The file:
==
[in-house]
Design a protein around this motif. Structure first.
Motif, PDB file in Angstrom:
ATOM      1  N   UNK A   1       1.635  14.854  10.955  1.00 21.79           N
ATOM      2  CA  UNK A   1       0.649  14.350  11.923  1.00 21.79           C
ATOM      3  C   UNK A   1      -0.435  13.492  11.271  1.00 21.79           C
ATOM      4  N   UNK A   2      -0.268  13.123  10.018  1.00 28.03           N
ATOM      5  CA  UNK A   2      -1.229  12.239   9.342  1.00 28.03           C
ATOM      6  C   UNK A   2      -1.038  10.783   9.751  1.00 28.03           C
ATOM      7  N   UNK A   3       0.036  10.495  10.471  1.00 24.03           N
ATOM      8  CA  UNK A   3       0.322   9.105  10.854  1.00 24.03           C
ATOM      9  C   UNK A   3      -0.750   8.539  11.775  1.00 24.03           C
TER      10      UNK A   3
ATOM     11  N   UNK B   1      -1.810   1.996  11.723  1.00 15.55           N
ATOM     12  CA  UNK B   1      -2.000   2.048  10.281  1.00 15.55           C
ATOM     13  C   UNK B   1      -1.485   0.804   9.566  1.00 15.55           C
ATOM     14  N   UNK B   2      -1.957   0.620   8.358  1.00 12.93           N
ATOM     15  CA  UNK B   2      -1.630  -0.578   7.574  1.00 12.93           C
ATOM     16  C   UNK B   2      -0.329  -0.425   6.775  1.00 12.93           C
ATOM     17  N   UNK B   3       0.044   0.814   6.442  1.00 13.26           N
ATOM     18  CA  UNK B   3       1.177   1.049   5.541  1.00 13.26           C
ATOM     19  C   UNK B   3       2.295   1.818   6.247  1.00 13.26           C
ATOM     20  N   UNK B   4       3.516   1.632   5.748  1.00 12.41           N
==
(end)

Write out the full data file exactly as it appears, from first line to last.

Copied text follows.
[in-house]
Design a protein around this motif. Structure first.
Motif, PDB file in Angstrom:
ATOM      1  N   UNK A   1       1.635  14.854  10.955  1.00 21.79           N
ATOM      2  CA  UNK A   1       0.649  14.350  11.923  1.00 21.79           C
ATOM      3  C   UNK A   1      -0.435  13.492  11.271  1.00 21.79           C
ATOM      4  N   UNK A   2      -0.268  13.123  10.018  1.00 28.03           N
ATOM      5  CA  UNK A   2      -1.229  12.239   9.342  1.00 28.03           C
ATOM      6  C   UNK A   2      -1.038  10.783   9.751  1.00 28.03           C
ATOM      7  N   UNK A   3       0.036  10.495  10.471  1.00 24.03           N
ATOM      8  CA  UNK A   3       0.322   9.105  10.854  1.00 24.03           C
ATOM      9  C   UNK A   3      -0.750   8.539  11.775  1.00 24.03           C
TER      10      UNK A   3
ATOM     11  N   UNK B   1      -1.810   1.996  11.723  1.00 15.55           N
ATOM     12  CA  UNK B   1      -2.000   2.048  10.281  1.00 15.55           C
ATOM     13  C   UNK B   1      -1.485   0.804   9.566  1.00 15.55           C
ATOM     14  N   UNK B   2      -1.957   0.620   8.358  1.00 12.93           N
ATOM     15  CA  UNK B   2      -1.630  -0.578   7.574  1.00 12.93           C
ATOM     16  C   UNK B   2      -0.329  -0.425   6.775  1.00 12.93           C
ATOM     17  N   UNK B   3       0.044   0.814   6.442  1.00 13.26           N
ATOM     18  CA  UNK B   3       1.177   1.049   5.541  1.00 13.26           C
ATOM     19  C   UNK B   3       2.295   1.818   6.247  1.00 13.26           C
ATOM     20  N   UNK B   4       3.516   1.632   5.748  1.00 12.41           N